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SDDDC· Ten Lessons | Lesson 3. Digitisation & new route 2 market

2021-1-18 15:13:52 Comments:0 Views:145 category:SDDDC News

We got where we are because our choices mapped the route and paved the road.

Craig D. Lounsbrough

How to keep your company operational while employees are not allowed to come to the plant or to the office. Imagine your employees have a desktop at the office only. Or software and infrastructure do not allow working from home. There has been an explosion of webinar events and digital tools, e.g. Microsoft Teams, Skype and Zoom, became very popular in a very short time. A whole new cult around it was created.

Online shopping and on-line grocery delivery were already rising trends and becoming big, but they were strongly accelerated due to the lockdown and a fear for infections. The demand has increased so fast, that the retailers could hardly cope. After the lockdown, a certain percentage of the people will surely go back to the traditional way of shopping, but expectations are that online shopping has won and will keep a strong position in consumer sales.

Just like online shopping, online working and communication were available in many countries, including China and the Netherlands. Due to the lockdowns and travel bans, the use of services such as Zoom, Skype and Teams has more or less exploded. Schools and universities set up e-learning activities and many companies started holding online meetings using on-line tools. Within the SDDDC, training and communication make up an important part of the daily activities and the first online conference was held by SDDDC and its partners already within one month after the lockdown attracting tens of thousands of participants. Such courses can never replace the face to face training courses, but it was noticed that despite technical issues concerning connectivity and audio- visual quality the online events were very much appreciated. So online tools for communicating with customers also have strengthened their positions on the pathway to customers and consumers.

A case study: Qlip and COVID-19

In the early days of COVID-19, the Dutch Dairy Association (NZO), the Netherlands Controlling Authority for Milk and Milk Products (COKZ) and Qlip agreed to modify the working procedure for farm audits in the Netherlands. Priority remained the focus on food safety and quality aspects. Qlip is responsible for executing farm audits in the Netherlands for FrieslandCampina and other dairy companies. Just to put things in perspective: in the Netherlands we have ± 16,000 family dairy farms with an average of 100 cows at which Qlip performs farm audits once every two years with a duration of 1 to 1,5 hour.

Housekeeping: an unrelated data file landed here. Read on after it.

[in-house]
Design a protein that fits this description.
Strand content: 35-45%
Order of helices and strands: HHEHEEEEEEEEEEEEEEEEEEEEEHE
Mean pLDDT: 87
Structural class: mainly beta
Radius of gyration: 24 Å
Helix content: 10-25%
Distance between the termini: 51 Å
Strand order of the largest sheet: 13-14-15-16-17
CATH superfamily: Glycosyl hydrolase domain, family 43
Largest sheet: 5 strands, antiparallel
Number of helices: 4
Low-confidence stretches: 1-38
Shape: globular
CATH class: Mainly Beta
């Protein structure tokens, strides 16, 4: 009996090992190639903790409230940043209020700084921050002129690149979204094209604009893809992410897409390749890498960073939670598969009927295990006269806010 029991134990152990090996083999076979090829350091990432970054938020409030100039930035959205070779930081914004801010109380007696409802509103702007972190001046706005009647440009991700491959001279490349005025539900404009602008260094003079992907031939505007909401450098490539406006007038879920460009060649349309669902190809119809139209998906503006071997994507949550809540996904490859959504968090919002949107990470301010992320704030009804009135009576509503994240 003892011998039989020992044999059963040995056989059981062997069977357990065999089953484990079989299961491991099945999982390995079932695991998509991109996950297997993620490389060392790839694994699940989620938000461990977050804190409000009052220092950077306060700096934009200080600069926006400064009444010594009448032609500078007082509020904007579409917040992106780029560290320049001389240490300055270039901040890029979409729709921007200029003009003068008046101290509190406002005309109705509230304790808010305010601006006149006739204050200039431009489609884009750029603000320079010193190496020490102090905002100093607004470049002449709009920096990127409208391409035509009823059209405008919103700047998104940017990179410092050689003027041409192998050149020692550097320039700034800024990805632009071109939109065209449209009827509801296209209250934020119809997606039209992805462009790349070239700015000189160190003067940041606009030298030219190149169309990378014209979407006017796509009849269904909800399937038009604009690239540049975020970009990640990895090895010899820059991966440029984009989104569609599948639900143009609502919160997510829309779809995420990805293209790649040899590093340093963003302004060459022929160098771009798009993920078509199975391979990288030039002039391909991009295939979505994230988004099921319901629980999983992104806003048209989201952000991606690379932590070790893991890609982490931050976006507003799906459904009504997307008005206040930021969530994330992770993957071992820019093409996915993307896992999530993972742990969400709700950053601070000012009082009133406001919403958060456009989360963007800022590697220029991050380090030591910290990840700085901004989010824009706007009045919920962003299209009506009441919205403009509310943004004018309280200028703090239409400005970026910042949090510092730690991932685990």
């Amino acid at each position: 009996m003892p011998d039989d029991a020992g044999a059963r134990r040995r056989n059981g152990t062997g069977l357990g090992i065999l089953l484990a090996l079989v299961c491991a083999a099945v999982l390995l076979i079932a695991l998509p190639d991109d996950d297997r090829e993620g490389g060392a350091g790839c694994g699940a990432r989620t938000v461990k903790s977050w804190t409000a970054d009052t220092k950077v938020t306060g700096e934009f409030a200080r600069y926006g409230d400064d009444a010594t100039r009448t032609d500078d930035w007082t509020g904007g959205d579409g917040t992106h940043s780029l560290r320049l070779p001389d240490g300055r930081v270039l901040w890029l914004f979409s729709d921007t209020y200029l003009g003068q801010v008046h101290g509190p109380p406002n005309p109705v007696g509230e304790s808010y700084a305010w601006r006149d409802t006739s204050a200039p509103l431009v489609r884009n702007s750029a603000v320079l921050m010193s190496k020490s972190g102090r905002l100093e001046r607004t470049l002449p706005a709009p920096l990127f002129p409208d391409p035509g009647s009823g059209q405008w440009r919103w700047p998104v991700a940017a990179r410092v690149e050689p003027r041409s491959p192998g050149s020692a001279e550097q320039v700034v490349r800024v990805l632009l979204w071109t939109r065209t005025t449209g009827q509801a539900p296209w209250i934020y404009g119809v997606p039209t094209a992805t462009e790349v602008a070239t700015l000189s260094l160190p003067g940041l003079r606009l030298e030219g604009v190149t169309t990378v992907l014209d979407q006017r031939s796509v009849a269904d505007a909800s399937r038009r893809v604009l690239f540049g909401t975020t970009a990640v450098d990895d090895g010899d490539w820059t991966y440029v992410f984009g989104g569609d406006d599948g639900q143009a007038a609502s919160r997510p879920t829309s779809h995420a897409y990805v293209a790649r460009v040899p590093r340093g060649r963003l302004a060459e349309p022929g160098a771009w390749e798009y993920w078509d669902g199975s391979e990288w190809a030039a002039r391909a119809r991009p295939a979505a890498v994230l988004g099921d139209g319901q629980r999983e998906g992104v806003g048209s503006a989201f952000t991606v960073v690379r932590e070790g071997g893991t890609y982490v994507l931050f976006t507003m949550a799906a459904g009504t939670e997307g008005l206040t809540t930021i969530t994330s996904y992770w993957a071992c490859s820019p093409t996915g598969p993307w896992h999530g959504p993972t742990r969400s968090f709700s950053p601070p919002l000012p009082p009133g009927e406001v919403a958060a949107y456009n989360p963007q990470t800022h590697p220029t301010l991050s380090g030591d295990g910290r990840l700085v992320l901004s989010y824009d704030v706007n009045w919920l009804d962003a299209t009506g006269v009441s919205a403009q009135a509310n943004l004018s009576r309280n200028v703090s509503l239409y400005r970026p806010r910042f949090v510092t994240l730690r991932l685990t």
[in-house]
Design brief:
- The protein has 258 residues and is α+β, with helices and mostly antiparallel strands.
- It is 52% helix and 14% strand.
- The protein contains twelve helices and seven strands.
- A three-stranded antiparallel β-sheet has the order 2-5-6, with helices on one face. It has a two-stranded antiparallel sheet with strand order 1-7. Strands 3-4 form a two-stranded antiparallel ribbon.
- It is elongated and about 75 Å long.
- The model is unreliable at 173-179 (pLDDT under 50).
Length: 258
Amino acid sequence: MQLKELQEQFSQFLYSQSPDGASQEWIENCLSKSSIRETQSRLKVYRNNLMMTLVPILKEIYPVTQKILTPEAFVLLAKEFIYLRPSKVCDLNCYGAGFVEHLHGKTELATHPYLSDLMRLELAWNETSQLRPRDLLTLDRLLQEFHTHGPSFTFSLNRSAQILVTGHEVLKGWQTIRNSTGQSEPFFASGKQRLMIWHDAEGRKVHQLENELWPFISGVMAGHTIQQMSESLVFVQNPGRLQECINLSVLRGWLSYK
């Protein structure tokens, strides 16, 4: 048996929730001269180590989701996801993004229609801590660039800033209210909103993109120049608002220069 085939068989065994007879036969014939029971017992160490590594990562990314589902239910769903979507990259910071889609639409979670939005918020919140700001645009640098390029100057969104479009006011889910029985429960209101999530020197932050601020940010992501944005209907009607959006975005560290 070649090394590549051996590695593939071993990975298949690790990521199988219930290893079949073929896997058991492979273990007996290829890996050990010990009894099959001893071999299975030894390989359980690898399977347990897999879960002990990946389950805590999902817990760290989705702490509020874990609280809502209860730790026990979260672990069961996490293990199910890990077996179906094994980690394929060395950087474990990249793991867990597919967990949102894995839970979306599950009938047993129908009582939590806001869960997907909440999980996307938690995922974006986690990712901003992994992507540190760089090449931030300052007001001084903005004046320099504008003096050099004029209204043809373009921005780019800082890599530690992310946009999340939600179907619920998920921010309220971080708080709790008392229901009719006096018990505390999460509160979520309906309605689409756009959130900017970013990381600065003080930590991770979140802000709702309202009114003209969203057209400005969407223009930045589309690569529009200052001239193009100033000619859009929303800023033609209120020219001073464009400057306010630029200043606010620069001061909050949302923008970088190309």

How did Qlip change their farm audits?

In the modified approach farms are divided into ‘good’ farms and ‘attention’ farms. The classification is done by means of a ‘risk indicator’ based on an algorithm developed by Qlip in which the results of the milk quality is an important parameter. Every three days, the milk quality of the farm’s milk deliveries is measured in Qlip’s highly automated laboratory. Consequently, the risk indicator provides almost real-time information on the quality developments on farms.

For the 'attention' farms it was agreed to keep doing physical audits of 1,5 hours, of course taking all COVID-19 measurements into account (1,5 meter distance, check if neither the farmer nor his family are ill and have the document review take place in a separate room at the farm). Before setting the audit date, Qlip and the farmer discuss by telephone that all necessary documentation will be prepared and made available on the farm before arrival. Also the new working procedure is discussed and, eventually, a date for the farm audit is agreed. All this is confirmed by e-mail to the farmer. As from March 2020, hundreds of farms have been audited by Qlip according to this new working procedure. The plan for the ‘good’ farms is to start with a remote farm audit by telephone using a camera operated by the farmer. The document review and a tour around the farm are the most important elements of this type of farm audits, which are focused on various hygiene aspects.

The lesson learned is put in words by Jan Bobbink (CEO QLIP): “Act fast and be flexible. But most importantly, make use of and combine existing digital farm data in a smart way. This will result in more relevant information to selectively execute farm audits while maintaining the high food safety and quality standards set for the Dutch dairy farms.”




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